Hubble Telescope discovers ancient quasar with brightness of 600-trillion suns

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In this April 25, 1990 photograph provided by NASA, most of the giant Hubble Space Telescope can be seen as it is suspended in space by Discovery's Remote Manipulator System (RMS) following the deployment of part of its solar panels and antennae.

The distant quasar, a series of energy jets powered by supermassive black holes, has the combined brightness of almost 600trillion suns, astronomers say.

Astronomers used data from the Nasa/European Space Agency telescope to find the ancient quasar, which they believe can provide an insight into the birth of galaxies when the universe was about a billion years old. The powerful glow of a quasar is created by a supermassive black hole which is surrounded by an accretion disc. "This discovery demonstrates strongly gravitationally lensed quasars do exist despite the fact we've been looking for over 20 years and not found any others this far back in time". But the telescope needed help to spot it: the gravitational warping of space by a comparatively nearby intervening galaxy greatly amplified and distorted the quasar's light, making it the brightest such object seen in the early Universe.

The data shows not only that the supermassive black hole is accreting matter to itself at an extremely high rate, but also that the quasar may be producing up to 10,000 stars per year, scientists said.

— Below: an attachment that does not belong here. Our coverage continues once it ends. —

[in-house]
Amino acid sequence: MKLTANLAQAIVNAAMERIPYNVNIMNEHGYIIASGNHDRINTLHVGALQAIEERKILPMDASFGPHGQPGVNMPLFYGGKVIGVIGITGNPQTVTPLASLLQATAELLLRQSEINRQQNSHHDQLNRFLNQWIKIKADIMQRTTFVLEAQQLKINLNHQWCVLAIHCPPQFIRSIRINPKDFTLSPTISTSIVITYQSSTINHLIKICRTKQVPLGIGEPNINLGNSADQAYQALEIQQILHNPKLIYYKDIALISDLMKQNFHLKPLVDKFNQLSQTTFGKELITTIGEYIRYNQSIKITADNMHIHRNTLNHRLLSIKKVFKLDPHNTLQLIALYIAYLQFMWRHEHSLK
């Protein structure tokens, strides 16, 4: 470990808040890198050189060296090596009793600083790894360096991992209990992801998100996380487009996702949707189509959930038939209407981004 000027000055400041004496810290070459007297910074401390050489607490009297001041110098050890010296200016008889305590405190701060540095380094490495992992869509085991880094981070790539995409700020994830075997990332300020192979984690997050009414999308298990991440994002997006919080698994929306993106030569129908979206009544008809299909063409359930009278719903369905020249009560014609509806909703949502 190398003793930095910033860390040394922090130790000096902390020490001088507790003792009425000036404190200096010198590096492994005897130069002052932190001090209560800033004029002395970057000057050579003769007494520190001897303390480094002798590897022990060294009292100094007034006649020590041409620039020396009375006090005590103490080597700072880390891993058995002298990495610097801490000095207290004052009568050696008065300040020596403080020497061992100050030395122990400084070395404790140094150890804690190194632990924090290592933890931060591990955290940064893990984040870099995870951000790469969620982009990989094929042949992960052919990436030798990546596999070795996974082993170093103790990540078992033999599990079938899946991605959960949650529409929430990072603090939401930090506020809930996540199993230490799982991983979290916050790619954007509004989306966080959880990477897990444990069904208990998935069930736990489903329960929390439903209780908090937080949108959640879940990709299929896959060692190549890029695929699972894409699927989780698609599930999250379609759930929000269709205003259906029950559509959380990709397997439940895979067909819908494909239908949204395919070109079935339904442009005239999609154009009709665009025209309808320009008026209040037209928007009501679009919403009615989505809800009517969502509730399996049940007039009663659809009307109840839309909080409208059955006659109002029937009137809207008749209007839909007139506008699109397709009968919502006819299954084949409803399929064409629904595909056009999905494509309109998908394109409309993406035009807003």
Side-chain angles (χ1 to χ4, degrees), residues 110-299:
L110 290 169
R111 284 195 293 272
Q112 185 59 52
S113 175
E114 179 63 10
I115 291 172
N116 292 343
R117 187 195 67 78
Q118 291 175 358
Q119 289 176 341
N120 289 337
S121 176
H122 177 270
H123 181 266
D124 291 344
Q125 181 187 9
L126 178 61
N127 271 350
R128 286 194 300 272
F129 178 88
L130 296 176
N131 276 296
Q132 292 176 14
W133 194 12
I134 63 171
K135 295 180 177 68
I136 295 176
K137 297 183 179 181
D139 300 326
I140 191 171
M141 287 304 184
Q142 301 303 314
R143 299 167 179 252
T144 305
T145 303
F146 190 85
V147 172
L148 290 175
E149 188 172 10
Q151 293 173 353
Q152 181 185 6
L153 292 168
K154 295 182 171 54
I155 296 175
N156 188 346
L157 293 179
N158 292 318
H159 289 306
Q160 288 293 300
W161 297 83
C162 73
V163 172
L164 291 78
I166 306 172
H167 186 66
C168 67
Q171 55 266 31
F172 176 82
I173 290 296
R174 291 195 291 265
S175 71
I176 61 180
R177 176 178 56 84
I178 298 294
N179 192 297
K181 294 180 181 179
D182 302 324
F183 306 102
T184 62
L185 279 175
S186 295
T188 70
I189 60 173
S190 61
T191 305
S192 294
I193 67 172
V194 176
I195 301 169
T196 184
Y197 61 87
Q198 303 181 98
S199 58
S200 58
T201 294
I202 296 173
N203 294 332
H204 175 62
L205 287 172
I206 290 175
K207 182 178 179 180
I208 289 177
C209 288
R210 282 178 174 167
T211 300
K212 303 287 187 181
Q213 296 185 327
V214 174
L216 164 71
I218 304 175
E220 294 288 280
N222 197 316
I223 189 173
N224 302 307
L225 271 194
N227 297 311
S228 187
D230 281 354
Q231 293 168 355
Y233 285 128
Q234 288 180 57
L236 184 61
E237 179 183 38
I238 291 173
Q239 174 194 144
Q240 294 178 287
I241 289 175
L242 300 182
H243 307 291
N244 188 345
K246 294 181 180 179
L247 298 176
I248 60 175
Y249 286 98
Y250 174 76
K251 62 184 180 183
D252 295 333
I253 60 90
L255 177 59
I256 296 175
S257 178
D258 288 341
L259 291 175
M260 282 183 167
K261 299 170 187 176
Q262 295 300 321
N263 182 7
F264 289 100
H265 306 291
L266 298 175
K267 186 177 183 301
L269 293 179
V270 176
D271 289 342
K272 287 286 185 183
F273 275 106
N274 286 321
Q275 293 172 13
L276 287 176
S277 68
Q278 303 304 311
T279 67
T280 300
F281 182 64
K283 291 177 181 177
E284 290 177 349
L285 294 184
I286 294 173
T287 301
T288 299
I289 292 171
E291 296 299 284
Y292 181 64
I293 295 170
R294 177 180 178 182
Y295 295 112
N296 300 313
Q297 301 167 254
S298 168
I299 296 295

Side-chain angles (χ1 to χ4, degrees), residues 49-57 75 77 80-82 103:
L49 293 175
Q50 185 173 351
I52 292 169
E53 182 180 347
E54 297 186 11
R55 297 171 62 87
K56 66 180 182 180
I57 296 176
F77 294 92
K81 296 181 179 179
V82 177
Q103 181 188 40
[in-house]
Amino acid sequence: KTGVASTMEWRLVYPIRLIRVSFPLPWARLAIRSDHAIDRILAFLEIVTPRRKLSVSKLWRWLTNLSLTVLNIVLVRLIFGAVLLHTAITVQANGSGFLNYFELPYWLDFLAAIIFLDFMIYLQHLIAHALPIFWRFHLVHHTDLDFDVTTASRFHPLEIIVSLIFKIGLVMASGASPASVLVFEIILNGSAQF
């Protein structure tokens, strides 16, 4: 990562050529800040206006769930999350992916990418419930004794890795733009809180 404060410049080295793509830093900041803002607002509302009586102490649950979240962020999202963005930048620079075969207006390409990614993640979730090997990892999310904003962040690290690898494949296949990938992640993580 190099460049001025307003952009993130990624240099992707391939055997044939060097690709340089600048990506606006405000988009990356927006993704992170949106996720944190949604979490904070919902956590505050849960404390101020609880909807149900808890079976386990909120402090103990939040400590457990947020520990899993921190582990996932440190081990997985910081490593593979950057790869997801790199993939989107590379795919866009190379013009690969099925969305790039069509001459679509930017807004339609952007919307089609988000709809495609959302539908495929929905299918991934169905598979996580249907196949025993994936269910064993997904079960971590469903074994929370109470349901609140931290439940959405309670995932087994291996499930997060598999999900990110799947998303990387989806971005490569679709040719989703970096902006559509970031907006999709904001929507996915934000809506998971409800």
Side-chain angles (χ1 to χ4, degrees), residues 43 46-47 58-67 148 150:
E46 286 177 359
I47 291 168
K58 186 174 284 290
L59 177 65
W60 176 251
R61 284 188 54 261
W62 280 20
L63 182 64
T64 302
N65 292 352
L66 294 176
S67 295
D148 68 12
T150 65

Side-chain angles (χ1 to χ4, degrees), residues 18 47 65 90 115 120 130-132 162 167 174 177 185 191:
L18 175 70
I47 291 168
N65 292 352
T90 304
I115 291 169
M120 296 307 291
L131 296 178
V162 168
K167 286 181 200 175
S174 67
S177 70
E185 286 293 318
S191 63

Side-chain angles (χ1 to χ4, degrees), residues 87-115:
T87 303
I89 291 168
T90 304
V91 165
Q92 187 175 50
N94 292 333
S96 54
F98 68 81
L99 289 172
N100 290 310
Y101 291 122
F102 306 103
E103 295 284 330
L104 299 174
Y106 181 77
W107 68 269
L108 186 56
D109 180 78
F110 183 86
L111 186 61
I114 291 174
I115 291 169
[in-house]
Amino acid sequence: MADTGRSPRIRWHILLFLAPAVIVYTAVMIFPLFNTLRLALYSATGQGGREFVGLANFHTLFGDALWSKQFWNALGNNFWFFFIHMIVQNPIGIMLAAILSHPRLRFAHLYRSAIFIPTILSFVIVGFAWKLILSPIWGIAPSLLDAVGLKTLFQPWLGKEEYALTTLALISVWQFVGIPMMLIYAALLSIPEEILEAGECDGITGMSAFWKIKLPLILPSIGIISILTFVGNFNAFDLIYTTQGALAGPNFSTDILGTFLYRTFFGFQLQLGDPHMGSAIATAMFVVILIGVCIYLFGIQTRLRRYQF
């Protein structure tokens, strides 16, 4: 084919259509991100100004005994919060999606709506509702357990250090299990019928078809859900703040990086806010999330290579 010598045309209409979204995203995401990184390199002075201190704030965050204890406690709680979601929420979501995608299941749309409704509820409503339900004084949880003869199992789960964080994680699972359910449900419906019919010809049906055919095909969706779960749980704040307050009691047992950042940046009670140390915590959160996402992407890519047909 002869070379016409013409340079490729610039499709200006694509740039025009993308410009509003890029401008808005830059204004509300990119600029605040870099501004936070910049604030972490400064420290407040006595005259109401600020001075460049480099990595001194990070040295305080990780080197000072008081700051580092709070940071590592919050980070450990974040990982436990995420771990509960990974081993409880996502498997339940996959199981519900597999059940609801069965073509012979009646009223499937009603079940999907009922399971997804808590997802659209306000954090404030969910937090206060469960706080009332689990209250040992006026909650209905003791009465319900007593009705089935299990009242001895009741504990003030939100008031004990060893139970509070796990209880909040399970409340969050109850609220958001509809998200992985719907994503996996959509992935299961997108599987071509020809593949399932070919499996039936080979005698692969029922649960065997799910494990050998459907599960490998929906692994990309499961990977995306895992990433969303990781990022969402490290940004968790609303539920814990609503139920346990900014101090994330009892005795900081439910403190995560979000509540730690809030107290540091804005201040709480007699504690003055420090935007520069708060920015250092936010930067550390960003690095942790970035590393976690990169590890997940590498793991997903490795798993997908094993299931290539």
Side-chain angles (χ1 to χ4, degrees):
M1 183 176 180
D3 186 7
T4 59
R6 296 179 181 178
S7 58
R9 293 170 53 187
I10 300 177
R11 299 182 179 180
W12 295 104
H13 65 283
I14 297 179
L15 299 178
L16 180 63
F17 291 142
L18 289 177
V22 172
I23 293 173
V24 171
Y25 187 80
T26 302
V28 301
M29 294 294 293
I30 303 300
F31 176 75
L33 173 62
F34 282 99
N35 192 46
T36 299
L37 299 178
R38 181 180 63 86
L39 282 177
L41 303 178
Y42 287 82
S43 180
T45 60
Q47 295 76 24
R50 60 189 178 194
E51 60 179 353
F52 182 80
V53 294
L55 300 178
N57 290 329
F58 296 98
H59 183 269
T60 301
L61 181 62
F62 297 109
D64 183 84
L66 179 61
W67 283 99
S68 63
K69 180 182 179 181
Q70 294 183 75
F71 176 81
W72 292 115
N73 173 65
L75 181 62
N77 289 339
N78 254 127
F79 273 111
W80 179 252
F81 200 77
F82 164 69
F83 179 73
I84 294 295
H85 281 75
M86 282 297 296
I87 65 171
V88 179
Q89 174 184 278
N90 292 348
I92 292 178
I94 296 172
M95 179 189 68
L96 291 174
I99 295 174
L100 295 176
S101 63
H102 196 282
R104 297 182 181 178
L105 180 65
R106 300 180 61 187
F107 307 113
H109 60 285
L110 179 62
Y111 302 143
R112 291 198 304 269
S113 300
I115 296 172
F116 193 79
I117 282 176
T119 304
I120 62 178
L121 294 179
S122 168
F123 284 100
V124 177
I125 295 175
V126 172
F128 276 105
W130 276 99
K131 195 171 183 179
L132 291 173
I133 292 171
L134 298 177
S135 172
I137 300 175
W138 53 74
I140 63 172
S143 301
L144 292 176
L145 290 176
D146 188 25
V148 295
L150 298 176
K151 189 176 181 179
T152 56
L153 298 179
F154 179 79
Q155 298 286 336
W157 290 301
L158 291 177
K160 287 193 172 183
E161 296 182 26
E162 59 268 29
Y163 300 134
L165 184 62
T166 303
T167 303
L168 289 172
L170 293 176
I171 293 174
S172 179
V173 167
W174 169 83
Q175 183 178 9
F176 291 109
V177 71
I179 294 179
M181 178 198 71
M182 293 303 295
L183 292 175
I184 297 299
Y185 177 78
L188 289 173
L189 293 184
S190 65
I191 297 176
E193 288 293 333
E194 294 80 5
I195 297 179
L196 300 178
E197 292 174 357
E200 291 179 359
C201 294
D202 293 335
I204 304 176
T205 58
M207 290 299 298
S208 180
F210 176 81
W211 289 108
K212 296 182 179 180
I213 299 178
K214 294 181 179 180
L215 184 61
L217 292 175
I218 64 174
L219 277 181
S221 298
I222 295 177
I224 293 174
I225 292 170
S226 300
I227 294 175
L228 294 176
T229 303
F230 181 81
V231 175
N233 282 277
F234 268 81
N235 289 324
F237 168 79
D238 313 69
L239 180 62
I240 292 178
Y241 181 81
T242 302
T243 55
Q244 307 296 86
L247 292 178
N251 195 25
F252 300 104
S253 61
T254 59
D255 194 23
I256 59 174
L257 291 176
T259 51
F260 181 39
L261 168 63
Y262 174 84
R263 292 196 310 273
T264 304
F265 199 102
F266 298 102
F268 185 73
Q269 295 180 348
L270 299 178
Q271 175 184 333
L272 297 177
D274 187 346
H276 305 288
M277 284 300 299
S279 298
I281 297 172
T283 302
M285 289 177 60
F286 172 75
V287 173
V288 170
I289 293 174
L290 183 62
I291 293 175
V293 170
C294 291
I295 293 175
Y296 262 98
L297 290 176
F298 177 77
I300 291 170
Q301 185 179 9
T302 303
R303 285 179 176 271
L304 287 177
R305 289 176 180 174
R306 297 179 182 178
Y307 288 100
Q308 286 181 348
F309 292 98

Due to their brightness and distance, quasars provide a unique glimpse into the conditions in the early Universe.

"The reason this one was discovered was - a bit lucky actually - because the quasar is so bright and the lensing galaxy is very faint compared to all the other lensing galaxies we know", lead author and astronomer Xiaohui Fan, of the University of Arizona, told Live Science. If the lensing galaxy in this system were just half a magnitude brighter, researchers may have entirely missed the quasar.

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"We don't expect to find many quasars brighter than this one in the whole observable universe". Both the foreground galaxy and the quasar is spotted by the Hubble SpaceTelescope.

NASA's Hubble Telescope captured the brilliant beacon of light coming from the quasar which is 12.8 billion light-years away.

Less than a billion years after the Big Bang, a supermassive black hole began devouring anything within its gravitational grasp; this triggered a firestorm of star formation around the black hole; a galaxy was being born; a blowtorch of energy blazed across the Universe. Fabian Walter, from the Max Planck Institute for Astronomy in Germany.

Handout artist's impression showing how J043947.08+163415.7, a very distant quasar powered by a supermassive black hole, may look close up. Energetic objects such as J0439 could help to solve this mystery.

Astronomers also hope to use the Atacama Large Millimetre/Submillimetre Array and Nasa/ESA/CSA James Webb Space Telescope, which wil be launched in 2021, to look at the supermassive black hole and measure the influence of its gravity on the surrounding gas and star formation.

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